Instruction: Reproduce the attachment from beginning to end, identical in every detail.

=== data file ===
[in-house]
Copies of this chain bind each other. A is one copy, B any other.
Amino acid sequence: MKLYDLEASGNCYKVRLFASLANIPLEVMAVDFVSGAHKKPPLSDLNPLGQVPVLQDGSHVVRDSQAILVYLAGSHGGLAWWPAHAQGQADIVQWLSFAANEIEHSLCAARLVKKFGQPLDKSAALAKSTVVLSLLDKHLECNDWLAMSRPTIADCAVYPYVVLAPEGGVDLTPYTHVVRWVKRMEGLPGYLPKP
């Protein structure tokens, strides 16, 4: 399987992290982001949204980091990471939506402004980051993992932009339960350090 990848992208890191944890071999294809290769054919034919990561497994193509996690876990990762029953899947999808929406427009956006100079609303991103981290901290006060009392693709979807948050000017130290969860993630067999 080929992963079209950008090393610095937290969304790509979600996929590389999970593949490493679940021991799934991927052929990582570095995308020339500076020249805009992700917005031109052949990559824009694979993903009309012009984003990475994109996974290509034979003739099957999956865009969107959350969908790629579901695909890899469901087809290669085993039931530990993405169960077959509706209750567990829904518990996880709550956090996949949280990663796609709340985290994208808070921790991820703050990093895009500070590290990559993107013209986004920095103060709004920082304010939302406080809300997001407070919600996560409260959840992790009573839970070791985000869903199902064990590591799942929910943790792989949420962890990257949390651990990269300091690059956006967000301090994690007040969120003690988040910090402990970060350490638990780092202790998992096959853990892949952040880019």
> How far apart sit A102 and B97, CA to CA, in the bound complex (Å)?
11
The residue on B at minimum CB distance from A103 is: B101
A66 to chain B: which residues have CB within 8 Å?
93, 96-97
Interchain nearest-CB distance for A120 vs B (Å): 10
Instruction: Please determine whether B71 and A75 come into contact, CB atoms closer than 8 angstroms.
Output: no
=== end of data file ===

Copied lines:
[in-house]
Copies of this chain bind each other. A is one copy, B any other.
Amino acid sequence: MKLYDLEASGNCYKVRLFASLANIPLEVMAVDFVSGAHKKPPLSDLNPLGQVPVLQDGSHVVRDSQAILVYLAGSHGGLAWWPAHAQGQADIVQWLSFAANEIEHSLCAARLVKKFGQPLDKSAALAKSTVVLSLLDKHLECNDWLAMSRPTIADCAVYPYVVLAPEGGVDLTPYTHVVRWVKRMEGLPGYLPKP
């Protein structure tokens, strides 16, 4: 399987992290982001949204980091990471939506402004980051993992932009339960350090 990848992208890191944890071999294809290769054919034919990561497994193509996690876990990762029953899947999808929406427009956006100079609303991103981290901290006060009392693709979807948050000017130290969860993630067999 080929992963079209950008090393610095937290969304790509979600996929590389999970593949490493679940021991799934991927052929990582570095995308020339500076020249805009992700917005031109052949990559824009694979993903009309012009984003990475994109996974290509034979003739099957999956865009969107959350969908790629579901695909890899469901087809290669085993039931530990993405169960077959509706209750567990829904518990996880709550956090996949949280990663796609709340985290994208808070921790991820703050990093895009500070590290990559993107013209986004920095103060709004920082304010939302406080809300997001407070919600996560409260959840992790009573839970070791985000869903199902064990590591799942929910943790792989949420962890990257949390651990990269300091690059956006967000301090994690007040969120003690988040910090402990970060350490638990780092202790998992096959853990892949952040880019």
> How far apart sit A102 and B97, CA to CA, in the bound complex (Å)?
11
The residue on B at minimum CB distance from A103 is: B101
A66 to chain B: which residues have CB within 8 Å?
93, 96-97
Interchain nearest-CB distance for A120 vs B (Å): 10
Instruction: Please determine whether B71 and A75 come into contact, CB atoms closer than 8 angstroms.
Output: no